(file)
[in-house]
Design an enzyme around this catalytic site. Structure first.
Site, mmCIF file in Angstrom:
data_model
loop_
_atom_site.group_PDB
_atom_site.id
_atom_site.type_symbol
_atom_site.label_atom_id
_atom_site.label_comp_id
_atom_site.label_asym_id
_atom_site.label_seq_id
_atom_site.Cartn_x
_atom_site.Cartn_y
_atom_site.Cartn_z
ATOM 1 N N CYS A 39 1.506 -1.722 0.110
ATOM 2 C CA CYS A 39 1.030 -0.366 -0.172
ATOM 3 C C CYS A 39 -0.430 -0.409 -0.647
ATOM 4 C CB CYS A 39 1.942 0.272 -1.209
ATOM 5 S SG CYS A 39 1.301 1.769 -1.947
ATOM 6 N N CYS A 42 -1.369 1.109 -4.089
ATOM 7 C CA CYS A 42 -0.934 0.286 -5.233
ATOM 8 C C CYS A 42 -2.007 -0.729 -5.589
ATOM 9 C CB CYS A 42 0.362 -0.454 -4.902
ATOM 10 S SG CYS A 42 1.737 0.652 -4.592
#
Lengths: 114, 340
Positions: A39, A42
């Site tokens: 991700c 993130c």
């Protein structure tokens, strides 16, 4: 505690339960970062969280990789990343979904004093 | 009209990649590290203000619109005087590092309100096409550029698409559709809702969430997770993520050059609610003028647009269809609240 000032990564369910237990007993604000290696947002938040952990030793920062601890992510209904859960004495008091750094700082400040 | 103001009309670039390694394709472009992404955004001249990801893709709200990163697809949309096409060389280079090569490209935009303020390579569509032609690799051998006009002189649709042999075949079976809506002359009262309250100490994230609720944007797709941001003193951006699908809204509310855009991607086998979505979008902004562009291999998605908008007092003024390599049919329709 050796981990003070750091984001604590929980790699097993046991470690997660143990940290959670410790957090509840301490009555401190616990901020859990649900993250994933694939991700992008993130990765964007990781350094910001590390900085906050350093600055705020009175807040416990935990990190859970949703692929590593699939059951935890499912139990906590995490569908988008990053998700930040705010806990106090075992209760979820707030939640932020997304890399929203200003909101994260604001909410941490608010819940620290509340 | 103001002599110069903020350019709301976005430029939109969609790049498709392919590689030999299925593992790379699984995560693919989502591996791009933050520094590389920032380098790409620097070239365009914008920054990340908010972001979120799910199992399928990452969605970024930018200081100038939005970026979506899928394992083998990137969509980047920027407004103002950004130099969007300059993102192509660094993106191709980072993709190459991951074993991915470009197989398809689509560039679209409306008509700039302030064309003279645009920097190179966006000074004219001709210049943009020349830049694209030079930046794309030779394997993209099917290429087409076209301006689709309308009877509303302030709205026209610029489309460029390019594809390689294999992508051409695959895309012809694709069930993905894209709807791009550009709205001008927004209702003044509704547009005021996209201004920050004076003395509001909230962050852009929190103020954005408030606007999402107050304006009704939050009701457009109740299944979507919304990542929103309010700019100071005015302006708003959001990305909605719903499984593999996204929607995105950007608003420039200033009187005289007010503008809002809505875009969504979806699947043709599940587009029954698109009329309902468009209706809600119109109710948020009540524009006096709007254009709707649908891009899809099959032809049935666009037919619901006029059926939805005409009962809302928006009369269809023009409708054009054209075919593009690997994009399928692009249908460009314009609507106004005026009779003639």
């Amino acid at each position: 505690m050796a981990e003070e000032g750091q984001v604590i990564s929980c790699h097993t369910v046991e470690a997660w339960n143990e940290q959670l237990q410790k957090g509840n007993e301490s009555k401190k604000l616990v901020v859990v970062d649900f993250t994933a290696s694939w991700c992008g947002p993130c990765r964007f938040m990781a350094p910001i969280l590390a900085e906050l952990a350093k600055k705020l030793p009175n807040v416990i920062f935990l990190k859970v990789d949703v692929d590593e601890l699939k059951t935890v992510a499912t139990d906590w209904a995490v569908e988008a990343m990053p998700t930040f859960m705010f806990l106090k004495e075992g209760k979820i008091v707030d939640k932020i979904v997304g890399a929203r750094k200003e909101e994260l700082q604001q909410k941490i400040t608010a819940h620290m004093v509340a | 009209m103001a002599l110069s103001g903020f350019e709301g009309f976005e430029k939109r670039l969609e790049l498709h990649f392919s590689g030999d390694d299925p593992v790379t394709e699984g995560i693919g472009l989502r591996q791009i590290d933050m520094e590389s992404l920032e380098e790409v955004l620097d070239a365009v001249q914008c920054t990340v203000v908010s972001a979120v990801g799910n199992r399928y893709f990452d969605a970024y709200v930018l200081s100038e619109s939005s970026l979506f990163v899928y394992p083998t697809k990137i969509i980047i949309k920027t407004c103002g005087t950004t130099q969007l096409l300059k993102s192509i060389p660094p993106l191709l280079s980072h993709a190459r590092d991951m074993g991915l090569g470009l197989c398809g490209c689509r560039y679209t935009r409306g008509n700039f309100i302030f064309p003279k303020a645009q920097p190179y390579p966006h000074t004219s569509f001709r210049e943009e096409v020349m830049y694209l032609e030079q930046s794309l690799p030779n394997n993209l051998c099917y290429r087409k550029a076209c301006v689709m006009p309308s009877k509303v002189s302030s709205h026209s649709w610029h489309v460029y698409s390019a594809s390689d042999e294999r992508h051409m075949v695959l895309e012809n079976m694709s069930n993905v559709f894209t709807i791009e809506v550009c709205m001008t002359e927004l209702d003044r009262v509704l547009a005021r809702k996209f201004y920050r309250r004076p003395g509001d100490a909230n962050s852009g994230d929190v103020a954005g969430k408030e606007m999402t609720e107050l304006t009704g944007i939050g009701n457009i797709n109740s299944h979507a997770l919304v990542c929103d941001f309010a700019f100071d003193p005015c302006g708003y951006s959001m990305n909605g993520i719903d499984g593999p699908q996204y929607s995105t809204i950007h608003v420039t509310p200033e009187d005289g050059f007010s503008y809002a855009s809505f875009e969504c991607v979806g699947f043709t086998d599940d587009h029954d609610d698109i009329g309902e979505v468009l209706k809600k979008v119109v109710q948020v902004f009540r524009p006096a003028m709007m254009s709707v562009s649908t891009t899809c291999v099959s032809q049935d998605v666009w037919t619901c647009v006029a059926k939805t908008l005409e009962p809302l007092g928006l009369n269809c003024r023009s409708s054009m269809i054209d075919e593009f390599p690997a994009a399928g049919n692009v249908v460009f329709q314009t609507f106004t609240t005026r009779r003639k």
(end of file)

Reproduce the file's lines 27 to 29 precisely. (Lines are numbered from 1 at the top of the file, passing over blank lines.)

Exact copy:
Lengths: 114, 340
Positions: A39, A42
């Site tokens: 991700c 993130c």